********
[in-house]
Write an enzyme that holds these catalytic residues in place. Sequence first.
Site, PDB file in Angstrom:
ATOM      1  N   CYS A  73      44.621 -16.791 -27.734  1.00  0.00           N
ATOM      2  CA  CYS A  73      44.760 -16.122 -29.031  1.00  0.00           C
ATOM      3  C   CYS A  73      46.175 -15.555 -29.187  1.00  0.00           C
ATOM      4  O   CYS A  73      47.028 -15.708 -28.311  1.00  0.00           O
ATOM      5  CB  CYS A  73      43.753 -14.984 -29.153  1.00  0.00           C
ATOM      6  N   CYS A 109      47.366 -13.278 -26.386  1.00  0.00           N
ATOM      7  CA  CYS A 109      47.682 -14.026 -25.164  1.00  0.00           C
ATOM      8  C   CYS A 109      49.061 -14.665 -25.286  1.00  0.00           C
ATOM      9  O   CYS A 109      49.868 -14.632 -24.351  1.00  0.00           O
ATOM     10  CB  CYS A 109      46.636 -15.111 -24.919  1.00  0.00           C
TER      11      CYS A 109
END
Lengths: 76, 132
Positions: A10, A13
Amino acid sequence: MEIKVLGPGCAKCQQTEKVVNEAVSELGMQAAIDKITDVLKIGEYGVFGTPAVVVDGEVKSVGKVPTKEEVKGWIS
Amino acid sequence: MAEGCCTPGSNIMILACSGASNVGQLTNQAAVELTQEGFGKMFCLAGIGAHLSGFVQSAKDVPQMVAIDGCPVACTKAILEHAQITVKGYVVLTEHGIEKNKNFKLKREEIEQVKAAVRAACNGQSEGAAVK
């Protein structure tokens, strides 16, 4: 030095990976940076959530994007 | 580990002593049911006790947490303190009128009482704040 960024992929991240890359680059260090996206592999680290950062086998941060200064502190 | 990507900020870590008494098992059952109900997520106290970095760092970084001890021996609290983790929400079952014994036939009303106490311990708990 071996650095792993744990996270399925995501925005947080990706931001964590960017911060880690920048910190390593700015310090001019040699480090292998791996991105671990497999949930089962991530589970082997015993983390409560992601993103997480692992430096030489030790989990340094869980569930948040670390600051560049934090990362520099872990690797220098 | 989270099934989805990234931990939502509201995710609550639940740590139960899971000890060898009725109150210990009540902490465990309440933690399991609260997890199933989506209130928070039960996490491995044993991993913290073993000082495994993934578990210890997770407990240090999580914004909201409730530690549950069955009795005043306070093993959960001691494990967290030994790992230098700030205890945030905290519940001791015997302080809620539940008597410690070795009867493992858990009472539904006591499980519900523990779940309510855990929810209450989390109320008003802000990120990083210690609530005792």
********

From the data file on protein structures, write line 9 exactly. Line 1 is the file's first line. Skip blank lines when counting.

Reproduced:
ATOM      6  N   CYS A 109      47.366 -13.278 -26.386  1.00  0.00           N